Troubleshooting Common DNS Misconfiguration Errors

Understanding DNS & Troubleshooting Common DNS Errors

DNS (Domain name system) may not be known to most people who use internet but it is the real backbone and the invisible force driving the whole internet without which we would be seeing numbers and IPs. The whole meaning of domain names exist today just because of DNS.


The simplest way of explaining DNS in one line is to map domain name to IP address. I am not sure how many would know that when somebody types a domain name in IE/firefox, the browser forwards the DNS request asking for ip address from the resolver of ISP (ISP Provider) and the resolver contacts the root servers and then systematically retrieves the IP address within a matter of few milliseconds.

Understanding DNS and its working is one of the most difficult computer engineering subject and yet most experienced network administrators struggle in this topic when it comes to DNS zone file writing.

Before i proceed with this article, the following are the MOST IMPORTANT points you should remember as otherwise you wouldnt understand bit.


1. A Record must ALWAYS contain IP address (map host to IP)

When ever you specify A record it must contain IP address on the Right side. The A record is so important in DNS without which the meaning of mapping hostnames to IP would be absurd. So remember this!

2. CNAME (Alias) must contain hostnames. No IPs here

3. NS an MX records must contain host names. No IPs allowed.

4. Use the DOT in the end, whenever you specify a domain name in the DNS zone file. This DOT is so important and if you forget this you will have nightmares with your dns configuration.

For example IN NS

why DOT? simply because it tells to start query from root servers (denoted by dot)

5. MX records (for mail servers) should contain hostnames NOT IPs.


(i) Glue Records

Glue records are A records that are associated with NS records to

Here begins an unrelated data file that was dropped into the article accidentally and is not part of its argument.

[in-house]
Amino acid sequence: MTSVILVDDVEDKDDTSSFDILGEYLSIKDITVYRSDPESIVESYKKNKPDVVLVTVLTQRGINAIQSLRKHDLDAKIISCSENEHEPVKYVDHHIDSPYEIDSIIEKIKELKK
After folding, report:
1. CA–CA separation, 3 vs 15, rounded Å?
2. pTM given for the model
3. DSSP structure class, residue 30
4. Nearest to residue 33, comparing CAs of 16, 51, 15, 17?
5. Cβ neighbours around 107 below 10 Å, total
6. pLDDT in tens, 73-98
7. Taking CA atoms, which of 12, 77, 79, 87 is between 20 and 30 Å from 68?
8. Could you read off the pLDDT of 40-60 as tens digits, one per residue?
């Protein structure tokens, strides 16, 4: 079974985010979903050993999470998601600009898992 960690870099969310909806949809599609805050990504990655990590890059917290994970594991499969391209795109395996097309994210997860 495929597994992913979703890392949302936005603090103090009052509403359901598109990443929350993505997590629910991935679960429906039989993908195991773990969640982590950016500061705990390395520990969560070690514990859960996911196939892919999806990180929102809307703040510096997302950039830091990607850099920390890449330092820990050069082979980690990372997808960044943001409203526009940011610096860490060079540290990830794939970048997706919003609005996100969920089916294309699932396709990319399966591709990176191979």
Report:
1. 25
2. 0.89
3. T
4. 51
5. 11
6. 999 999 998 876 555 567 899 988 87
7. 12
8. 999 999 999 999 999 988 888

provide “bootstrapping” information to the NS records nameserver. (see RFC 1912 section 2.3) IN NS IN NS

ns1 IN A
ns2 IN A

In the above example we are mapping each NS records to IP address (A record) thus binding nameservers to IP (that is glue them)

(ii) LAME Nameserver Delegation

A nameserver which gives non-authoritative answer is usually called ‘LAME’. Every domain must have atleast 2 nameservers and if i ask each of them, and if they have domain zone information, i will get authoritative answer. If not its a ‘lame delegation’. Refer to (see RFC 1912 section 2.8)

An example of lame delegation is IN NS IN NS is configured to have zone information about domain but was not configured properly and does not have any information about the domain. So ns1 will answer authoritatively wheras ns2 wont which will be ‘lame’ until it is setup properly.

To get more in depth understanding, lets use dig tool for

1. First we find the nameservers of

dig NS

;; ANSWER SECTION: 158240 IN NS 158240 IN NS

2. Since we have received 2 nameservers, we ask each of them whether they give authoritative answer. If its authoritative ‘aa’ flag in the header will be set in the answer received (‘aa’ is authoritative answer)

> dig NS
> dig NS

;; Got answer:
;; ->>HEADER<<- opcode: QUERY, status: NOERROR, id: 60896
;; flags: qr aa rd; QUERY: 1, ANSWER: 2, AUTHORITY: 0, ADDITIONAL: 0


;; ANSWER SECTION: 172800 IN NS 172800 IN NS

Look in the flags

flags: qr aa rd

Since ‘aa’ is set in the answer, then both the nameservers of provide authoritative answer. If it is lame delegation you wont get the authoritative answer.


You should not use CNAME (alias) along with NS records and it often confuses most resolvers causing loops and often leads to ‘lame’ delegation. IN NS IN NS In CNAME

So never use CNAME along with NS records.

(iii) Stealth Nameservers

Stealth Nameservers (or hidden nameservers) are mismatched/conflicting nameservers which exist at root level against of nameservers in the domain.